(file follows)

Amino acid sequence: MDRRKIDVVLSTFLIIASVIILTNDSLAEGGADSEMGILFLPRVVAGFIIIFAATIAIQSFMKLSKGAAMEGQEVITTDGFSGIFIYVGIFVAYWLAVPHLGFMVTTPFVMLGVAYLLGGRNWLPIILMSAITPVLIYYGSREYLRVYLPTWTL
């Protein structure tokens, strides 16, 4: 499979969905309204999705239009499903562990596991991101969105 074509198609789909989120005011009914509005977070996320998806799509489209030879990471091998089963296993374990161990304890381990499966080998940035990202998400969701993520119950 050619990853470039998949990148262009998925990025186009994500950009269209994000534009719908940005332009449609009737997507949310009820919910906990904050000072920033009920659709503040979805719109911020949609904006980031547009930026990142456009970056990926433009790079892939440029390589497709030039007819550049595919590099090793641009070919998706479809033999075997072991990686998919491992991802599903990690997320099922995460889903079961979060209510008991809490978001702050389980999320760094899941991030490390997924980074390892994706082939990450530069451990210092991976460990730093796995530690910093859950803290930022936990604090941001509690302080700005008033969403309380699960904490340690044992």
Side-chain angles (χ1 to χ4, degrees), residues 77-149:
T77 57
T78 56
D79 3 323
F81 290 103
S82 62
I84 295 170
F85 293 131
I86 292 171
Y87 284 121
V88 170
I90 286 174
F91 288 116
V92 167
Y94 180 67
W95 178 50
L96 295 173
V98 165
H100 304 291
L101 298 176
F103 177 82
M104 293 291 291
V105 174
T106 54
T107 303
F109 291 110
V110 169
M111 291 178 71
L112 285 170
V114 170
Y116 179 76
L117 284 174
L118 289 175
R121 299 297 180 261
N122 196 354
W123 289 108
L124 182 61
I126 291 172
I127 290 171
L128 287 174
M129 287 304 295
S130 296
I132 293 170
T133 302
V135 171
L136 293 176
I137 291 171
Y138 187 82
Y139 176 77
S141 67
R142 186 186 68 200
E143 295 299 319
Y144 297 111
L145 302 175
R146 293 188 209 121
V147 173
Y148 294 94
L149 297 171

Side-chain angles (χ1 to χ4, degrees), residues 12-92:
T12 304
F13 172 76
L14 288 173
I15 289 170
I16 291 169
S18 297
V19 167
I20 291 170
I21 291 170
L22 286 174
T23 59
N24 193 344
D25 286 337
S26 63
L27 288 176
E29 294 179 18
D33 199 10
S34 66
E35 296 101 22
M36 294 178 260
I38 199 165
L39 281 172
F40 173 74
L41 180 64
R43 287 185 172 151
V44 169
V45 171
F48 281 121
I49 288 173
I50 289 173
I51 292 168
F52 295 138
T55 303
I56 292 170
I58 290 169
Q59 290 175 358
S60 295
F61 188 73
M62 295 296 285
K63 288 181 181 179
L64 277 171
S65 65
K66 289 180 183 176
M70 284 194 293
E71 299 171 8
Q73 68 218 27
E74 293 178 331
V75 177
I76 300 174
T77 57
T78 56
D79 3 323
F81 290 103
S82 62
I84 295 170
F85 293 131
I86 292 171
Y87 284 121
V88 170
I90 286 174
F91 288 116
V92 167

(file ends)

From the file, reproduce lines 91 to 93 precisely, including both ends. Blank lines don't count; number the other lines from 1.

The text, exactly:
I50 289 173
I51 292 168
F52 295 138